As I’ve been writing this series on my trip to Mongolia back in July 2015, I realised I had some things to share with others who are considering something similar, based on my experience and questions I’ve been getting from friends. These are also things I’d like to keep in mind for when I go back!
This will obviously be specific to my experience with Stone Horse Mongolia – I don’t know what it would be like with another organisation but I imagine many of these tips would also be applicable.
- Choose a reputable tour operator: Sorry to state the obvious, but this is the most important decision when planning your trip and is going to make or break it. I chose Stone Horse based on their excellent reviews on TripAdvisor and also my email correspondence with Keith, who seemed very experienced, knowledgeable and happy to help with my many queries. One point that was critical to me was the type of saddles used – a reviewer on TripAdvisor mentioned that unlike some of the other tour operators, Stone Horse uses Western-style saddles handmade by Sabine herself. Now, in case you didn’t know, traditional Mongolian saddles are much smaller and made of wood – not exactly the most comfortable for a full day of riding, let alone 8 – 10 days. So please check what type of equipment you will be given! I find TripAdvisor very useful in making these kinds of decisions and always read as many reviews as I can.
- Bring waterproof (not water-resistant) clothes: and, if going in the cooler months (I went at the height of summer), bring warm clothes as well. Basically, just read the packing list. Even in July, it could get pretty cold at night – I’m not good at estimating temperatures so I would say the coldest I experienced was maybe 8-15deg C – and I was very glad that I brought my fleece. And waterproof clothing is critical, as it rained practically every day and we still continued riding rain or shine. Stone Horse do provide a giant poncho which helpfully covers the saddlebags as well, but I brought a rain jacket and rain pants from Decathlon which were excellent at keeping me dry, plus the rain jacket had a hood (unlike the poncho). You should make sure that your purportedly waterproof clothes are in fact waterproof, though. One way to do this is to stand in the shower with it on. You might feel a bit silly, but it’s better than finding out too late that your clothes are not that waterproof.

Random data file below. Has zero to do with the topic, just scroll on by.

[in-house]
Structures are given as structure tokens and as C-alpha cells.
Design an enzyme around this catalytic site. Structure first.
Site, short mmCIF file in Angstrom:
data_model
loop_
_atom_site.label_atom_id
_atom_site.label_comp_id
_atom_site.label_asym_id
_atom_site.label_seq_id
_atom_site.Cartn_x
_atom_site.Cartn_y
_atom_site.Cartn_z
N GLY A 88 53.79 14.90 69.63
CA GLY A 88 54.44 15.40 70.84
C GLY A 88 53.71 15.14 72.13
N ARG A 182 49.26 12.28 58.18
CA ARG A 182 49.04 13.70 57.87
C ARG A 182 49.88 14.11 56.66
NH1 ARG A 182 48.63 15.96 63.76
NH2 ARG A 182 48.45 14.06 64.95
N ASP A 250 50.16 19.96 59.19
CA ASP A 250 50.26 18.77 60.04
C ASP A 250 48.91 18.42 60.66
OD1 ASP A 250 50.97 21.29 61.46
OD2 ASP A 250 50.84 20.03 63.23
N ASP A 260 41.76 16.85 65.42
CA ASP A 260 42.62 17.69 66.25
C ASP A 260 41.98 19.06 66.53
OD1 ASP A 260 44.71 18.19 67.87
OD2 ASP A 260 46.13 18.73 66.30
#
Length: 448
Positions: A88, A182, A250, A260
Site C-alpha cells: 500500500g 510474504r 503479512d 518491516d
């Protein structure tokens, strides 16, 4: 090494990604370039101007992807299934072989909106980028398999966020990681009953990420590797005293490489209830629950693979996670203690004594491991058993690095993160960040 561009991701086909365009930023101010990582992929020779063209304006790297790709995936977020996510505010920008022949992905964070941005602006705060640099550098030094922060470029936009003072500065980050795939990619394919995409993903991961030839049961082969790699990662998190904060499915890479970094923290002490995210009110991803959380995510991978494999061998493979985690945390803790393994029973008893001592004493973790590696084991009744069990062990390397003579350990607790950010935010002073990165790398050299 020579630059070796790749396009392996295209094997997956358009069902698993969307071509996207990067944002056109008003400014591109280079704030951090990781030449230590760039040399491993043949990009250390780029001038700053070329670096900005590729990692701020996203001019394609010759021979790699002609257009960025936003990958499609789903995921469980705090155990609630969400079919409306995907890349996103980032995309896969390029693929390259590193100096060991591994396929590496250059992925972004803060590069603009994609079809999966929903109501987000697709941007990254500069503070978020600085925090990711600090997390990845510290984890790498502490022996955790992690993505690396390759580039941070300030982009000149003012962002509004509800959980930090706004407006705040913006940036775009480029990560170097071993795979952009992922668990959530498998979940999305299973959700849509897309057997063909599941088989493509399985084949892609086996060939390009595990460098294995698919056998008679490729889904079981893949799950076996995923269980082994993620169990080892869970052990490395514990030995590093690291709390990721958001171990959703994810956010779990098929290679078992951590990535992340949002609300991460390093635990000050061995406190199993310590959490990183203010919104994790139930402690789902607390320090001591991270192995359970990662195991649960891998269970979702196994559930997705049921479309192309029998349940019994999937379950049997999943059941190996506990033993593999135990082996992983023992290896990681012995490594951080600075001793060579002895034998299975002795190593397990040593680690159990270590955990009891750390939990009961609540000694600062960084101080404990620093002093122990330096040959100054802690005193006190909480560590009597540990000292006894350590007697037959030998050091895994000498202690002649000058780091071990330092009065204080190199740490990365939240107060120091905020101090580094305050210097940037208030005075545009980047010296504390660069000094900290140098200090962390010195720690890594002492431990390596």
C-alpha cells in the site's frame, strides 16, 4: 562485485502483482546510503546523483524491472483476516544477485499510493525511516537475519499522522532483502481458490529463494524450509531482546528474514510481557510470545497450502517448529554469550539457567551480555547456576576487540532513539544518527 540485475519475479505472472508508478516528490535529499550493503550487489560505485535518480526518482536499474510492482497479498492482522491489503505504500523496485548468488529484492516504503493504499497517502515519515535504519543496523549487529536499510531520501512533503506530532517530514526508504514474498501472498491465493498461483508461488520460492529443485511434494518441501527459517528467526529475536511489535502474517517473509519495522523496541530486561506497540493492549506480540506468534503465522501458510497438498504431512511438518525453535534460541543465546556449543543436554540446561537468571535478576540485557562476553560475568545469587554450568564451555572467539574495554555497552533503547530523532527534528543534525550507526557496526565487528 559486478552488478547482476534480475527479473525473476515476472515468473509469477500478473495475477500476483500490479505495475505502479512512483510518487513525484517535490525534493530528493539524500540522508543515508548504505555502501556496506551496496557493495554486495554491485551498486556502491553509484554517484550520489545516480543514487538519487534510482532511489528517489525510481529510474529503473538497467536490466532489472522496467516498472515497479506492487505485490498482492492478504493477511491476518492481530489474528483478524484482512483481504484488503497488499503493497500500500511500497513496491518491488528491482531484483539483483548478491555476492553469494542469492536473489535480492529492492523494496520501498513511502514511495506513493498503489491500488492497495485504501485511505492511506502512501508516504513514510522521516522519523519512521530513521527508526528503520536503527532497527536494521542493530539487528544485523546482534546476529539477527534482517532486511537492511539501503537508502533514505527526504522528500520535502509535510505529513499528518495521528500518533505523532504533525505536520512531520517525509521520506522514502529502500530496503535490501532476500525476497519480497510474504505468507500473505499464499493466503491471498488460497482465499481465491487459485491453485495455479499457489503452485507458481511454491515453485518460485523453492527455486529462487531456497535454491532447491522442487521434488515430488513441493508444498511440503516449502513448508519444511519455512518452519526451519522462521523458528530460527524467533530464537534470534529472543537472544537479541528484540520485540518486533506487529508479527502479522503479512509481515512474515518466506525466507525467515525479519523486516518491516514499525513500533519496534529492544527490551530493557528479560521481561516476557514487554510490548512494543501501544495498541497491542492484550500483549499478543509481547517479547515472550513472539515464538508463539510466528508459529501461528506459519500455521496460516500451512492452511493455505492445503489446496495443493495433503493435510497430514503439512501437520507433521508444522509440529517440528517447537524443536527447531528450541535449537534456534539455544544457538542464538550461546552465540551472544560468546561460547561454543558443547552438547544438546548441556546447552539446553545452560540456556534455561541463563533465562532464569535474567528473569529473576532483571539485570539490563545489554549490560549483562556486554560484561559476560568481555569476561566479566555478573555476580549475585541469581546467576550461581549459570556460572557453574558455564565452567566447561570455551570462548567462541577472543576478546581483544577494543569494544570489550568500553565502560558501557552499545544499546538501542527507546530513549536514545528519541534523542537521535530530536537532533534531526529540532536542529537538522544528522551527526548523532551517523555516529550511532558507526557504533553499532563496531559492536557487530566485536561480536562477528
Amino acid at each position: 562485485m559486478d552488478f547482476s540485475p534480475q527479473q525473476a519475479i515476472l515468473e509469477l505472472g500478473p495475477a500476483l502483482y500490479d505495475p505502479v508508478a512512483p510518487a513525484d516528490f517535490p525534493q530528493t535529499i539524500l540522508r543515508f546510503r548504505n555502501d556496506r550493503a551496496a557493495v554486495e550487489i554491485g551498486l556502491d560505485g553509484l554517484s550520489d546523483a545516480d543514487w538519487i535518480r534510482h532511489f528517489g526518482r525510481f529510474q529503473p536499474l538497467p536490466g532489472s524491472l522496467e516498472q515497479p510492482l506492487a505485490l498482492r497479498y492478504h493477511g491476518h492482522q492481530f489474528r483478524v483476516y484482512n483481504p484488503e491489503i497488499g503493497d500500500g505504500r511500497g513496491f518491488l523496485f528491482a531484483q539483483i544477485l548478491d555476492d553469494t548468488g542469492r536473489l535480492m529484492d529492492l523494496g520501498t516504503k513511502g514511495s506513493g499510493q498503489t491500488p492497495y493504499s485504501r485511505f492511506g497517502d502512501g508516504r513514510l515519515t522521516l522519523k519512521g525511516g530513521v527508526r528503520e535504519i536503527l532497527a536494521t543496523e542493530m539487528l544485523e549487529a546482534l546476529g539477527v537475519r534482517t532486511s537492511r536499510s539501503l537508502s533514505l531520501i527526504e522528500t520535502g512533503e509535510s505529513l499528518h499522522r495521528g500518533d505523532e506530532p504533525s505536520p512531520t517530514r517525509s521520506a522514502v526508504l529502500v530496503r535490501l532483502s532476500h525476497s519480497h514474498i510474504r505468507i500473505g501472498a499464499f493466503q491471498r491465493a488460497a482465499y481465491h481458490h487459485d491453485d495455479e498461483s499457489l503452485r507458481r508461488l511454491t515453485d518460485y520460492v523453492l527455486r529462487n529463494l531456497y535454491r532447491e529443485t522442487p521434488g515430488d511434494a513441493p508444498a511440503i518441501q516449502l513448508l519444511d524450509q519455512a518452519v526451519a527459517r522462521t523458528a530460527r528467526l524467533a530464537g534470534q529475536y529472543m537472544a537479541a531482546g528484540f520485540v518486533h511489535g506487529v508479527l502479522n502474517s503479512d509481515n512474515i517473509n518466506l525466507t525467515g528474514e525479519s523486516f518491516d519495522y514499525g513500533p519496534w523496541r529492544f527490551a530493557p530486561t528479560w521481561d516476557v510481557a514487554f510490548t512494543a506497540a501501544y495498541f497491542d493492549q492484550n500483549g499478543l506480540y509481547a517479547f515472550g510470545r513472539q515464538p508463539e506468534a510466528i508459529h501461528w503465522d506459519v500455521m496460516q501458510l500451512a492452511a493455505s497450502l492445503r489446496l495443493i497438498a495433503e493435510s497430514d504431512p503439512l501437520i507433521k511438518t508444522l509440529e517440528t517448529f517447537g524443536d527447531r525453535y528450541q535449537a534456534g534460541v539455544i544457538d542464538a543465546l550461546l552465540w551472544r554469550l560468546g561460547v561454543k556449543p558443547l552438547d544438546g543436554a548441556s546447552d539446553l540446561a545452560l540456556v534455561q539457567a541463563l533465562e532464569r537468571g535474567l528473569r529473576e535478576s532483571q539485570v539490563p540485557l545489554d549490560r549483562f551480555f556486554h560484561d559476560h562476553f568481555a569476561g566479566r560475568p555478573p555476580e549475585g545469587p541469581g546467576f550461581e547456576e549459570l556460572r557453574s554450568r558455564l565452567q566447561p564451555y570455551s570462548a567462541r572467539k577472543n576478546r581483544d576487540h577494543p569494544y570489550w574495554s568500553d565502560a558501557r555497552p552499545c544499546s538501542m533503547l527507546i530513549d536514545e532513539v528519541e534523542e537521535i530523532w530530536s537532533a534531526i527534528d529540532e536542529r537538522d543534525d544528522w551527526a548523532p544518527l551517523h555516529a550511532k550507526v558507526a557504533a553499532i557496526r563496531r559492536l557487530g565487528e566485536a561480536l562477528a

- On toilets : All you need is some privacy, toilet paper, a lighter (for burning the TP), hand sanitiser and, where necessary, a shovel. Keith taught us on the first day what to do and how to use the shovel, and they also gave us a little ziploc bag with all this stuff for convenience (except of course the shovel, which was carried by one of the packhorses and made easily accessible when we made camp). You can also wash your hands back at camp where they have a little system set up for washing hands. If you are horrified at the idea of going to the loo without an actual loo, I would say this: you’d be surprised at what you can get used to, and it actually didn’t feel dirty (I’ve been in dirtier toilets). Humans are highly adaptable creatures. Sure, the first few times it might be awkward and uncomfortable (and it was for me too) but chances are you’ll get used to it quickly and it will just become normal. This acquired skill (if you can call it that) also came in super handy recently when I was trekking through a jungle in Thailand and needed to crap really badly! That said, with the stop at Princess Lodge halfway through, it is quite possible to hold out until you get to a toilet, although I wouldn’t recommend it.